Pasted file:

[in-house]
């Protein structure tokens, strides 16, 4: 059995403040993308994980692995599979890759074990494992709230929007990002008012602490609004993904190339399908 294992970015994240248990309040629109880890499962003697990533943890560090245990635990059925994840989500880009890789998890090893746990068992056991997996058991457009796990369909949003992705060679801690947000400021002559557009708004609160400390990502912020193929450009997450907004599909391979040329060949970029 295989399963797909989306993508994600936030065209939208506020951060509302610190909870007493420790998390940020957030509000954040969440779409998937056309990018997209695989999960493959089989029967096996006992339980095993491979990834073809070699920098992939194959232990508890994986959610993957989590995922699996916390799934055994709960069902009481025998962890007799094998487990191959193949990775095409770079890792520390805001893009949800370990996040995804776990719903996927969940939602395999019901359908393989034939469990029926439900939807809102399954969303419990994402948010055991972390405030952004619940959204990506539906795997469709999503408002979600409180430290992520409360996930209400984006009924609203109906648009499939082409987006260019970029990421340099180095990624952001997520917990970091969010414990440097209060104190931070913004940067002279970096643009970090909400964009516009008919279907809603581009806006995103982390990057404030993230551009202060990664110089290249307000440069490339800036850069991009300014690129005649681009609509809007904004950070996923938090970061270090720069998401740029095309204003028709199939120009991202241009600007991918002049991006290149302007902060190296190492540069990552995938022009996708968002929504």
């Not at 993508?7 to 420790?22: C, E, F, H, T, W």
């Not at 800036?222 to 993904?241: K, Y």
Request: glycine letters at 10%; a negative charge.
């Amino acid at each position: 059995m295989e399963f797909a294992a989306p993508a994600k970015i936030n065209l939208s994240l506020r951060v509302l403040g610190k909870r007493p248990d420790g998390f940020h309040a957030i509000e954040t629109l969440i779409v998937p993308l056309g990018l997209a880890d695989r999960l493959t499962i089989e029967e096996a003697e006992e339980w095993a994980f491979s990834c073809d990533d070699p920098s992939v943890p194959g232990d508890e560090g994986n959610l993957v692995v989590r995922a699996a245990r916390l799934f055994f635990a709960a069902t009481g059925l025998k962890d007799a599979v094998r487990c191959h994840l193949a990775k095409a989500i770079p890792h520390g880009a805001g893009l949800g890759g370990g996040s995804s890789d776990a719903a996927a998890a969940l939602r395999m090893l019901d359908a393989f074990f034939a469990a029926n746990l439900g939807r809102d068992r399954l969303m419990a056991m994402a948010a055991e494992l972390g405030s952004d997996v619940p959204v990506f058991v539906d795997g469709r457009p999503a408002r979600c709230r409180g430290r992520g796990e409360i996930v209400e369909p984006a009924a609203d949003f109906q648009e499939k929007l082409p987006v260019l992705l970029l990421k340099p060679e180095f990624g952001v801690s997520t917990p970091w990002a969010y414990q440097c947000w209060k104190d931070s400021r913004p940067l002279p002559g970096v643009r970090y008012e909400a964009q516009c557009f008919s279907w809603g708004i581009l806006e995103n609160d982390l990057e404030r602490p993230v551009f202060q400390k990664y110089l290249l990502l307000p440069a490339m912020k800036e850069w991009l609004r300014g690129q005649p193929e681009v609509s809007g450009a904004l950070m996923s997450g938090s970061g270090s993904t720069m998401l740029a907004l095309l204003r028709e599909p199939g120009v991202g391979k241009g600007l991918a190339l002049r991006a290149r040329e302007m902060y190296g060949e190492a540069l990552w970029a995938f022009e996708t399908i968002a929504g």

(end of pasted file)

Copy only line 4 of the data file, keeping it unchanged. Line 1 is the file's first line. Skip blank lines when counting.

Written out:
């Not at 800036?222 to 993904?241: K, Y």